The Yellow Farmhouse Garden

June 14, 2007

I'm no flower arranger, but…

Filed under: Uncategorized — bob @ 8:06 pm

I’m no flower arranger, but don’t these Peonies and Siberian Iris look great together?

Vase of Peonies and Siberian Iris

Hey, they’re flowers! What’s not to like?



These were cut last week, the excessive heat we have had, has accelerated the flowering of both of these flowers in our garden. As a result there are not many are left to enjoy.

June 12, 2007

Blogger's Picnic

Filed under: Uncategorized — bob @ 8:41 pm

This past Sunday, many of the blogsmonroe bloggers and members of their families got together at the home of Monroe News editor Dan Shaw (our fearless blogging leader!) and his wife Kathy.

When Judy and I first met Dan several months ago to discuss this gardening blog, he mentioned that he and his wife were avid gardeners. Well, let me tell you that was an understatement! They have transformed an ordinary yard into a series of wonderful outdoor spaces complete with front entry gardens, flowers gardens, a vegetable garden, and even some fruits and berries. Potted plants and containers accent their deck.

Every flower, tree, shrub or vegetable was chosen and planted by Dan and Kathy. Many of the plants were from past homes they had lived in. Kathy told me that each time they moved, they would dig up some of their favorite plants and moved them with the rest of the family! That eventually added up to quite an interesting collection of plants.

Regular readers of this blog know that I like to use photos in my posts, in this case I have none to show you, unfortunately. I didn’t bring my camera to the picnic for cryin’ out loud! Fortunately, Jim Dombrowski, who writes the blog Revolving World, did bring his camera and let me borrow it for some snapshots. Hopefully we can get a couple of those photos posted.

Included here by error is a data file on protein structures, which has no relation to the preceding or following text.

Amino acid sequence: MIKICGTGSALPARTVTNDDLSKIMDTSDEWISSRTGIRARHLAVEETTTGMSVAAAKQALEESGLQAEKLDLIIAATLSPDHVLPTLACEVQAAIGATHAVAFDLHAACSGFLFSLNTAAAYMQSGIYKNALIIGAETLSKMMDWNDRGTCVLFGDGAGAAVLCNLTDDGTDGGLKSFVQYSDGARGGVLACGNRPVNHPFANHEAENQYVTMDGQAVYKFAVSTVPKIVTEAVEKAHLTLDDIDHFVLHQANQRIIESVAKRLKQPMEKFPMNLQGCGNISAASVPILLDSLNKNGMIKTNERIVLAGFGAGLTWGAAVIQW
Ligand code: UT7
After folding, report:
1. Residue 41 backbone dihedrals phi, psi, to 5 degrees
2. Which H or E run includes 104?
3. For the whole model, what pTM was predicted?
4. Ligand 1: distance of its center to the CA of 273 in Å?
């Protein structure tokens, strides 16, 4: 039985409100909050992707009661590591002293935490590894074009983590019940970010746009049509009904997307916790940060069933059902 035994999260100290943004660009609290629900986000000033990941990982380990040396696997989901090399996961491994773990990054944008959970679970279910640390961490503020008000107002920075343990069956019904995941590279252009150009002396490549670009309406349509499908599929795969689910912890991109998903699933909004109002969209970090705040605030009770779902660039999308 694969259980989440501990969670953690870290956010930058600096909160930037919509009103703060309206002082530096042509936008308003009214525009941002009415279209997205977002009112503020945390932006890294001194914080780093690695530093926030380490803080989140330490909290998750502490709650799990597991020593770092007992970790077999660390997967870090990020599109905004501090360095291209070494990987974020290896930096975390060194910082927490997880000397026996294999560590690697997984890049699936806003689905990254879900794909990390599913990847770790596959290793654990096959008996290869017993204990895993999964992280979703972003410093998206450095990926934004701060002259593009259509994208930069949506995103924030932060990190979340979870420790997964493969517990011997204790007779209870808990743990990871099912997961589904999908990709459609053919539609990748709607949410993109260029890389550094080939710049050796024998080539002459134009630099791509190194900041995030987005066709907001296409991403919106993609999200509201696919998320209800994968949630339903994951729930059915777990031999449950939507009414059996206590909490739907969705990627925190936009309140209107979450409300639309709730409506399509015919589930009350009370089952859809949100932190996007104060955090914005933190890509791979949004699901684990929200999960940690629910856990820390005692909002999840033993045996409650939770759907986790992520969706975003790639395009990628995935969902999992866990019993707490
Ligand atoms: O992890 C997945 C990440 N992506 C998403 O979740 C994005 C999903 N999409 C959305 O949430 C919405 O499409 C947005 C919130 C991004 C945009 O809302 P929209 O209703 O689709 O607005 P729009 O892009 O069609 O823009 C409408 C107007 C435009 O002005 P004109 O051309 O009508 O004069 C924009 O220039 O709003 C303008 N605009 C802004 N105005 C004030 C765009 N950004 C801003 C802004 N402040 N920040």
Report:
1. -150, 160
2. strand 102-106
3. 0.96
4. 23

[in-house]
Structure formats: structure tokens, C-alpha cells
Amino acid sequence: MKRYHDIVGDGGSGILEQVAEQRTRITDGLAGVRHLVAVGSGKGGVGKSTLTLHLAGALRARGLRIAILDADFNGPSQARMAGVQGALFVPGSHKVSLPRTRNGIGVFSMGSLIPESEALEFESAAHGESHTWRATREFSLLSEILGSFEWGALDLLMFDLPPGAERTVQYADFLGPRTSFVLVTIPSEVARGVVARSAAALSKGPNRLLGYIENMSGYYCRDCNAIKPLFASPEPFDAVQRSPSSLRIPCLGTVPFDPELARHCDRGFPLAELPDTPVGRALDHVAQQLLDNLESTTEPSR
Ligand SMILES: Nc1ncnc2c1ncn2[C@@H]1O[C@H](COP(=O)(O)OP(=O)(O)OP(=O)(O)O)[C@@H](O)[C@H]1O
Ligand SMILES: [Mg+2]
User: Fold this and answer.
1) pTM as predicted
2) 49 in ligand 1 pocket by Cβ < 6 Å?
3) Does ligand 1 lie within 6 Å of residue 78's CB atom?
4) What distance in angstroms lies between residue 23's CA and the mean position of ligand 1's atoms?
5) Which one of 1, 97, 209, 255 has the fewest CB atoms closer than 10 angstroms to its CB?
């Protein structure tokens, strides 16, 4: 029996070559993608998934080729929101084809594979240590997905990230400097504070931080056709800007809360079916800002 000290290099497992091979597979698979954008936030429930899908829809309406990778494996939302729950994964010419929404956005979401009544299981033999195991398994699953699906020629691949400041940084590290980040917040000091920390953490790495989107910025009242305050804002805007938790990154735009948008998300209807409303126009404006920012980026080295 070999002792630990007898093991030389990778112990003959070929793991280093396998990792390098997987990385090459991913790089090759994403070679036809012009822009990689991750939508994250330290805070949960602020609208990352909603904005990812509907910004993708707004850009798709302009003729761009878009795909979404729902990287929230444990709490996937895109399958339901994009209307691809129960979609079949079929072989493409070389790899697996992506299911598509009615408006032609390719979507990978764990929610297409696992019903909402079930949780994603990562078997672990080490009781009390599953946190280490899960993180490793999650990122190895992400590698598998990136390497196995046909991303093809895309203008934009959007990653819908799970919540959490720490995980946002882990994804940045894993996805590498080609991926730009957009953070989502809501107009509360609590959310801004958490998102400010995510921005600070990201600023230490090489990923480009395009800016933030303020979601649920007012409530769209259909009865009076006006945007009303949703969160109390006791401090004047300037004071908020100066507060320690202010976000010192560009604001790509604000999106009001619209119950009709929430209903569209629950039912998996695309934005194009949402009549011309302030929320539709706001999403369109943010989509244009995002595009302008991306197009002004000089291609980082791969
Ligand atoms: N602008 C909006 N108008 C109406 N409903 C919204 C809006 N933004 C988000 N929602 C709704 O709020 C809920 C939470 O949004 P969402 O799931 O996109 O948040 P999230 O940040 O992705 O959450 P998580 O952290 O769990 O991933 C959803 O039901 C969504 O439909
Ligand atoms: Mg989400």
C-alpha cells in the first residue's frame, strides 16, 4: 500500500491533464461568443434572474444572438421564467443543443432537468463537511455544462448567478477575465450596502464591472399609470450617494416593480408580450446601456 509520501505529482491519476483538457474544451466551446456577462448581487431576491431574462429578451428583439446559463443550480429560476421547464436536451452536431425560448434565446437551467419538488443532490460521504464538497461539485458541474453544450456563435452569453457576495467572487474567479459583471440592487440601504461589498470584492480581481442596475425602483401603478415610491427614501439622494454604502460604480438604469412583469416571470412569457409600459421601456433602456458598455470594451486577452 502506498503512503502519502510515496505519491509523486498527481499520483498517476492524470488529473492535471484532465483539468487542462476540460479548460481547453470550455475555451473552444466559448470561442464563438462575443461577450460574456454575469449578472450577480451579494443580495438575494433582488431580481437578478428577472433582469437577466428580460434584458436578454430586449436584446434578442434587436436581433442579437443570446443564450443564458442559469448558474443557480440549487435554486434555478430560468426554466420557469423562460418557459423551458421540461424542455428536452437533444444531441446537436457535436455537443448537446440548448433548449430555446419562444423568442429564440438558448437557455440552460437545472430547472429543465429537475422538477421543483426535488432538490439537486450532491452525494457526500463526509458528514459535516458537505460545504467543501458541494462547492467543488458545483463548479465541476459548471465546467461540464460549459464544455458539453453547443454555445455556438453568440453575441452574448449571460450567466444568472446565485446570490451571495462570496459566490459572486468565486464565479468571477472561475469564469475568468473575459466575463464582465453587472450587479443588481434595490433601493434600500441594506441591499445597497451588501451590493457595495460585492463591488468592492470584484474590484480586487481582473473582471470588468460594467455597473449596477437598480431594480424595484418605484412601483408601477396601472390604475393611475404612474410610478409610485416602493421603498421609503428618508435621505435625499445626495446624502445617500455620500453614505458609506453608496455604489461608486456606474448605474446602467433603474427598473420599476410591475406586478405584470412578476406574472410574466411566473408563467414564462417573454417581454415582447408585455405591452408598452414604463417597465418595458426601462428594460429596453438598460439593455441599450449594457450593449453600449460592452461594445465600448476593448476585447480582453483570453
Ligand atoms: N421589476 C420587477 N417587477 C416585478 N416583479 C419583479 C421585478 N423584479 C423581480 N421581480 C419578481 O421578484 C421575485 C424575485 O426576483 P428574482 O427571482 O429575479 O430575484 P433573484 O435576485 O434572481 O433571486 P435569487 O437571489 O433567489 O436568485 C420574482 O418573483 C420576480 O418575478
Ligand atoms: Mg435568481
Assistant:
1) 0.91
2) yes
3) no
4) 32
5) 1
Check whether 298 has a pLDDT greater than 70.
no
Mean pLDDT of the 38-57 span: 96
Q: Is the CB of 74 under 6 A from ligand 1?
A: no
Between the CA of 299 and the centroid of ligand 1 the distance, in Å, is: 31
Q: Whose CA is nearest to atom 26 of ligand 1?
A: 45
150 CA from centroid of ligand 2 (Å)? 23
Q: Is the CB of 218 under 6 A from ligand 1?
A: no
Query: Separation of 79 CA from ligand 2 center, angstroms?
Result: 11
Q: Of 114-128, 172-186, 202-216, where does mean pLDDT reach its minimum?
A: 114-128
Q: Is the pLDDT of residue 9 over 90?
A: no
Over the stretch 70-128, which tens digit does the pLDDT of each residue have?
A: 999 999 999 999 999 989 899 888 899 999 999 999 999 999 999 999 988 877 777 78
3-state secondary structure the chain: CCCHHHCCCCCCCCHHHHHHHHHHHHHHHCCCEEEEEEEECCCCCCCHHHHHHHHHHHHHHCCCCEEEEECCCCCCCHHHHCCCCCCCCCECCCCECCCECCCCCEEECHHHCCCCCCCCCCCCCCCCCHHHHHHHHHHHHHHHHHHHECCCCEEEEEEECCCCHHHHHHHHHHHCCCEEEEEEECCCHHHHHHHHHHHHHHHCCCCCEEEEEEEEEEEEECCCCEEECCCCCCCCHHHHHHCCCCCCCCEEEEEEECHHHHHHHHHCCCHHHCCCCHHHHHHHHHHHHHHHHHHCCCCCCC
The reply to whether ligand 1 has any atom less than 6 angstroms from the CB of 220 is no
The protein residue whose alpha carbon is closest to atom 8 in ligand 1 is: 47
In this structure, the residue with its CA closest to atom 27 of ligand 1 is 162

It was a very enjoyable afternoon and I know, judging by my fellow bloggers postings, that they had a great time too.


June 11, 2007

Tomato Tech

Filed under: Uncategorized — bob @ 6:57 pm

I have no statistics on this, but I believe that tomatoes are grown in more gardens than any other vegetable. As a result, a lot of tomato tricks and technology have been developed over the years.

One such technology is plastic “mulch”. For the past seven years we have been using three different plastic mulches. These lightweight plastic sheets differ only in color as far as I can tell:

Red, brown, silver tomato mulch

The red colored plastic has been researched by Agricultural Universities. It has been proven scientifically that the red light that is reflected by the plastic stimulates the tomato plants to produce more tomatoes.

We really don’t run any kind of formal experiments here and just by “eyeballing” our harvest, we haven’t noticed any appreciable difference in yield from year to year with the plastics. However, if one were to measure the increase over many acres, I’m sure the difference would become apparent.

The silver plastic film has also been extensively researched. It works by reflecting light upward and confusing insects. The bugs become disoriented and can’t find your tomatoes.